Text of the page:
Grant Thornton’s video announcing their unlimited paid time off policy was exceptional cinema. For starters, everyone in the video looks very uncomfortable — like they weren’t sure if they were giving feedback on company policy or making a sex tape with a tax manager.
It’s also clear that the people who were ambushed in the video clearly didn’t have time to think through what was being offered: that GT giving them unlimited paid time-off without any change to their utilization goals is bullshit. It’s like a broccoli farmer telling his children, “You don’t have to eat broccoli unless you really feel like eating broccoli; however, you are still required to eat three pounds of broccoli per week, and if you ever choose to go a day without eating broccoli, you’ll bring shame on yourself and on our family because we’re broccoli farmers, Goddammit!”
But above and beyond all that, the video is also a showcase of the amazing level of diversity at Grant Thornton. If we’re to assume the video is a representative sample of the GT workforce, then Grant Thornton’s demographics look like this:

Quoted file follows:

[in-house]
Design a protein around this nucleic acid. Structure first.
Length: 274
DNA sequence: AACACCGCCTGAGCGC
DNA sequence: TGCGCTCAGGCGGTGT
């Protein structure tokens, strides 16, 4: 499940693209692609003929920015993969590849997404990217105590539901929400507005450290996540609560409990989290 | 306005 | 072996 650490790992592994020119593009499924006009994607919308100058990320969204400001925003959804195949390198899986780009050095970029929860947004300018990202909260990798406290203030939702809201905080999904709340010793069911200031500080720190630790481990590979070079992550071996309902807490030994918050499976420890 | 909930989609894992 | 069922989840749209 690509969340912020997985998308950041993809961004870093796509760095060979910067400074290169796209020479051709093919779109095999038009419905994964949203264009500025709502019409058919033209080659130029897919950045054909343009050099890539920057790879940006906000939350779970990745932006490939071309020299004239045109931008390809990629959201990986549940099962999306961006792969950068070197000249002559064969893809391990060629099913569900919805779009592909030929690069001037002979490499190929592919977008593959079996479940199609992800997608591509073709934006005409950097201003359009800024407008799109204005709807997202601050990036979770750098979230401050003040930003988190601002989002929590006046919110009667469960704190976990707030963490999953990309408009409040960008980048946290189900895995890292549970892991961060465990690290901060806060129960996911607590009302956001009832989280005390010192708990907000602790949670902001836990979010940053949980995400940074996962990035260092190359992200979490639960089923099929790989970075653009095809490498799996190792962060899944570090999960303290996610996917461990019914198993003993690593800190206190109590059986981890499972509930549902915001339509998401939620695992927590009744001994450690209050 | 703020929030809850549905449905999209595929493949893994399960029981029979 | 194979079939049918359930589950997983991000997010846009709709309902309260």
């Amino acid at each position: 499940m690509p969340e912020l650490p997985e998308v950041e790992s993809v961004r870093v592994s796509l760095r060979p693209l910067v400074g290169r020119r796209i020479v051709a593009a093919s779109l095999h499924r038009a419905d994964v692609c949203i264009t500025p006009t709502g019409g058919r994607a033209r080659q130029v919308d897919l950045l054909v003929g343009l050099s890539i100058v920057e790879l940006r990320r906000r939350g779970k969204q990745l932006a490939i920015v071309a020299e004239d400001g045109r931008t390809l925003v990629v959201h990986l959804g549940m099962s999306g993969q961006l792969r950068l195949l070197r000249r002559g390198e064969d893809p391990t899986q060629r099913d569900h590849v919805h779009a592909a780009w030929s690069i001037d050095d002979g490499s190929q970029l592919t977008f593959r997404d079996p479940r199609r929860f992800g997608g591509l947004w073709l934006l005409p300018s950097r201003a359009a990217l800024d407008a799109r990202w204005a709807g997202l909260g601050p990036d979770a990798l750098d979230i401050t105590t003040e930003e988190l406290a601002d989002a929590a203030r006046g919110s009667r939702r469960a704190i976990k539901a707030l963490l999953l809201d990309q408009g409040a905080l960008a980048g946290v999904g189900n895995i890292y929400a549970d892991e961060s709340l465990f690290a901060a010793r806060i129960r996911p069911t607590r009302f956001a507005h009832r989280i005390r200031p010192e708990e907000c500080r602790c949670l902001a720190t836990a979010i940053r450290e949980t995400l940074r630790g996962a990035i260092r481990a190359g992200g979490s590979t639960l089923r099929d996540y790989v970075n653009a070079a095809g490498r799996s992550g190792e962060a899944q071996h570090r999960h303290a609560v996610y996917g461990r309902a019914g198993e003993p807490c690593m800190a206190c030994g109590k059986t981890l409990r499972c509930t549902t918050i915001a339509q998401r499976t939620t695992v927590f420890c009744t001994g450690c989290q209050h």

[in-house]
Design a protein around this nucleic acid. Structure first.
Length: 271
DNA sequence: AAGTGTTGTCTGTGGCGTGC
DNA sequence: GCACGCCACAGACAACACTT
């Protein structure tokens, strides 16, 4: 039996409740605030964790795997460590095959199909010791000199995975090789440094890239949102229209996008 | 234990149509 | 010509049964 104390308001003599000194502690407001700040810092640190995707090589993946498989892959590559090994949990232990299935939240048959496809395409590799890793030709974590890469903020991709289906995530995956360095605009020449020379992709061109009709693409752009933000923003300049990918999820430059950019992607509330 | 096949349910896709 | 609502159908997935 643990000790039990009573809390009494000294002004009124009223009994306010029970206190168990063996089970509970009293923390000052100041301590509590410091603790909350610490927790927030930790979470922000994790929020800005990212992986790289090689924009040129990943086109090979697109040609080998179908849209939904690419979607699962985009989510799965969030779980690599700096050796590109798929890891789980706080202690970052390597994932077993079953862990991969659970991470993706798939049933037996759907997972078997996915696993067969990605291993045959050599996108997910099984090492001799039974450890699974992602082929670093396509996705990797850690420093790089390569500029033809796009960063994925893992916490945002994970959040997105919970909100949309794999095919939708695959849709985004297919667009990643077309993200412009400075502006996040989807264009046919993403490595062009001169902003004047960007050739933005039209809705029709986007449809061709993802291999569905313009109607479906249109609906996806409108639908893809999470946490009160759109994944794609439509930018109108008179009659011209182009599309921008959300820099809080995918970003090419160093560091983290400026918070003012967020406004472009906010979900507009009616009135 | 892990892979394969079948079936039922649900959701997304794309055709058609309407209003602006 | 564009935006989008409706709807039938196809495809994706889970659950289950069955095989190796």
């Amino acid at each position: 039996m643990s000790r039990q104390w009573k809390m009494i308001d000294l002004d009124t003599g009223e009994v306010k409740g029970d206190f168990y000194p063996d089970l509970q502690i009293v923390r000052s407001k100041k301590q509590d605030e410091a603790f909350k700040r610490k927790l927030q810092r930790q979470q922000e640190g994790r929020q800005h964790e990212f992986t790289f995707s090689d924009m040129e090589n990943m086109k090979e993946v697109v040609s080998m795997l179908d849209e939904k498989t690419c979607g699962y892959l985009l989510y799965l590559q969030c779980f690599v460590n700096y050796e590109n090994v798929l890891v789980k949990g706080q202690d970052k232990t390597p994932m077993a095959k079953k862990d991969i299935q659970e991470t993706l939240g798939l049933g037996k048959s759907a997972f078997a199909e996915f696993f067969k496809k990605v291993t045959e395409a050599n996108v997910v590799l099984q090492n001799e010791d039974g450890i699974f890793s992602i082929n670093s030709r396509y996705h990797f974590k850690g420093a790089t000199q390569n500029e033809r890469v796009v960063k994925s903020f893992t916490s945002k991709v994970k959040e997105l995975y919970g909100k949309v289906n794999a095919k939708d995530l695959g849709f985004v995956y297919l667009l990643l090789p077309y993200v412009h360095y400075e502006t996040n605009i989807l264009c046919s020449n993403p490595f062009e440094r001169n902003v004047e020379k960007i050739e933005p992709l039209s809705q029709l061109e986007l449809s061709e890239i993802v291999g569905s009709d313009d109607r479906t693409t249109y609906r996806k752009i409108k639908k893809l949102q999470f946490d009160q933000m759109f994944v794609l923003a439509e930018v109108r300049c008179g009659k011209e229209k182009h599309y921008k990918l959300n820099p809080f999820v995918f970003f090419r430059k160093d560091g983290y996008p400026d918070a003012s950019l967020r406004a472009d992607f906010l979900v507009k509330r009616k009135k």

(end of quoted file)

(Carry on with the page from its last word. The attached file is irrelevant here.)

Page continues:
However, according to the AICPA’s 2015 Trends Report, the demographics of the accounting profession as a whole look like this:
Not only were there just two (!) white males in the video, but the one Muslim woman in the video seems just as surprised as you are that there was one Muslim woman in the video.
So either Grant Thornton is incredibly diverse, or they don’t know how to do random sampling.
I understand that an organization can demonstrate its commitment to diversity by highlighting its diversity in the media it creates. But if you work at GT and you’re not a white male, you’ll be at a disadvantage regarding your utilization goals because you can’t1 bill a client for the time you spent doing a diversity cameo in an HR video.